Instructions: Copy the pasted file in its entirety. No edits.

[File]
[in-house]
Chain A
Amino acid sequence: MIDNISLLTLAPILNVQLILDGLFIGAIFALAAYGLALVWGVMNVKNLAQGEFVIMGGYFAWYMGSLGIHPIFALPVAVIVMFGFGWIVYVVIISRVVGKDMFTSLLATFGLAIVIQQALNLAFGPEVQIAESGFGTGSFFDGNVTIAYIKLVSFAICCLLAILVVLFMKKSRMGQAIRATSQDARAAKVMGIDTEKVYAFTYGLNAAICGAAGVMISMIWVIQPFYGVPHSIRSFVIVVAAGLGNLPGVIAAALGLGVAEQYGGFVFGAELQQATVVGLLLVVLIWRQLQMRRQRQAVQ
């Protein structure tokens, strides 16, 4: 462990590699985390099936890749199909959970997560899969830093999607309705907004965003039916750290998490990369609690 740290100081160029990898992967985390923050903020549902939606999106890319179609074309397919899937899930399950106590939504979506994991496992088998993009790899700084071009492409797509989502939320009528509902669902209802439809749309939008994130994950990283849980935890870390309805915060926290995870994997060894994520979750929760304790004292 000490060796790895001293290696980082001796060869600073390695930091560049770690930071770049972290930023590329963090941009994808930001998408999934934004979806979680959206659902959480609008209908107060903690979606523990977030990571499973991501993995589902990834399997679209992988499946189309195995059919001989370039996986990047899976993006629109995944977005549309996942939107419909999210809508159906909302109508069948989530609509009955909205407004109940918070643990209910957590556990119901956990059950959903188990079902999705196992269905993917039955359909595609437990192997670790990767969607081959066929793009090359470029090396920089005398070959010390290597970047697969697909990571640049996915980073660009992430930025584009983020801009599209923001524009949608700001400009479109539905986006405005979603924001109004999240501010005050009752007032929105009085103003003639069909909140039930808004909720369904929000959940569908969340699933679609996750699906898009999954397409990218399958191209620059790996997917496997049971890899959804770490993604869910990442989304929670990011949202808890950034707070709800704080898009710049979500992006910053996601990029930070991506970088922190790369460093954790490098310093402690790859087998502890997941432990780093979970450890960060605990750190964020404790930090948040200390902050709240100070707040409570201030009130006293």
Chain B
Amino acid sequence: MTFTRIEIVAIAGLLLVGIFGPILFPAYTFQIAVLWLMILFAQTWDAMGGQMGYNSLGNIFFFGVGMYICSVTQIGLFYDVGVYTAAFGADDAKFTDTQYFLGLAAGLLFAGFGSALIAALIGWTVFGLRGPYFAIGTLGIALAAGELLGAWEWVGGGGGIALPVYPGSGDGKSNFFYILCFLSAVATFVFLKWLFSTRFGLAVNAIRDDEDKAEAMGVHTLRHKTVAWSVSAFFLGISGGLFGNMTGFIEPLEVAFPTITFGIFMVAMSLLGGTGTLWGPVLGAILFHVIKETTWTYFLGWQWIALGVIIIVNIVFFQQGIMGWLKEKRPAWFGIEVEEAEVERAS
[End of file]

[in-house]
Chain A
Amino acid sequence: MIDNISLLTLAPILNVQLILDGLFIGAIFALAAYGLALVWGVMNVKNLAQGEFVIMGGYFAWYMGSLGIHPIFALPVAVIVMFGFGWIVYVVIISRVVGKDMFTSLLATFGLAIVIQQALNLAFGPEVQIAESGFGTGSFFDGNVTIAYIKLVSFAICCLLAILVVLFMKKSRMGQAIRATSQDARAAKVMGIDTEKVYAFTYGLNAAICGAAGVMISMIWVIQPFYGVPHSIRSFVIVVAAGLGNLPGVIAAALGLGVAEQYGGFVFGAELQQATVVGLLLVVLIWRQLQMRRQRQAVQ
């Protein structure tokens, strides 16, 4: 462990590699985390099936890749199909959970997560899969830093999607309705907004965003039916750290998490990369609690 740290100081160029990898992967985390923050903020549902939606999106890319179609074309397919899937899930399950106590939504979506994991496992088998993009790899700084071009492409797509989502939320009528509902669902209802439809749309939008994130994950990283849980935890870390309805915060926290995870994997060894994520979750929760304790004292 000490060796790895001293290696980082001796060869600073390695930091560049770690930071770049972290930023590329963090941009994808930001998408999934934004979806979680959206659902959480609008209908107060903690979606523990977030990571499973991501993995589902990834399997679209992988499946189309195995059919001989370039996986990047899976993006629109995944977005549309996942939107419909999210809508159906909302109508069948989530609509009955909205407004109940918070643990209910957590556990119901956990059950959903188990079902999705196992269905993917039955359909595609437990192997670790990767969607081959066929793009090359470029090396920089005398070959010390290597970047697969697909990571640049996915980073660009992430930025584009983020801009599209923001524009949608700001400009479109539905986006405005979603924001109004999240501010005050009752007032929105009085103003003639069909909140039930808004909720369904929000959940569908969340699933679609996750699906898009999954397409990218399958191209620059790996997917496997049971890899959804770490993604869910990442989304929670990011949202808890950034707070709800704080898009710049979500992006910053996601990029930070991506970088922190790369460093954790490098310093402690790859087998502890997941432990780093979970450890960060605990750190964020404790930090948040200390902050709240100070707040409570201030009130006293």
Chain B
Amino acid sequence: MTFTRIEIVAIAGLLLVGIFGPILFPAYTFQIAVLWLMILFAQTWDAMGGQMGYNSLGNIFFFGVGMYICSVTQIGLFYDVGVYTAAFGADDAKFTDTQYFLGLAAGLLFAGFGSALIAALIGWTVFGLRGPYFAIGTLGIALAAGELLGAWEWVGGGGGIALPVYPGSGDGKSNFFYILCFLSAVATFVFLKWLFSTRFGLAVNAIRDDEDKAEAMGVHTLRHKTVAWSVSAFFLGISGGLFGNMTGFIEPLEVAFPTITFGIFMVAMSLLGGTGTLWGPVLGAILFHVIKETTWTYFLGWQWIALGVIIIVNIVFFQQGIMGWLKEKRPAWFGIEVEEAEVERAS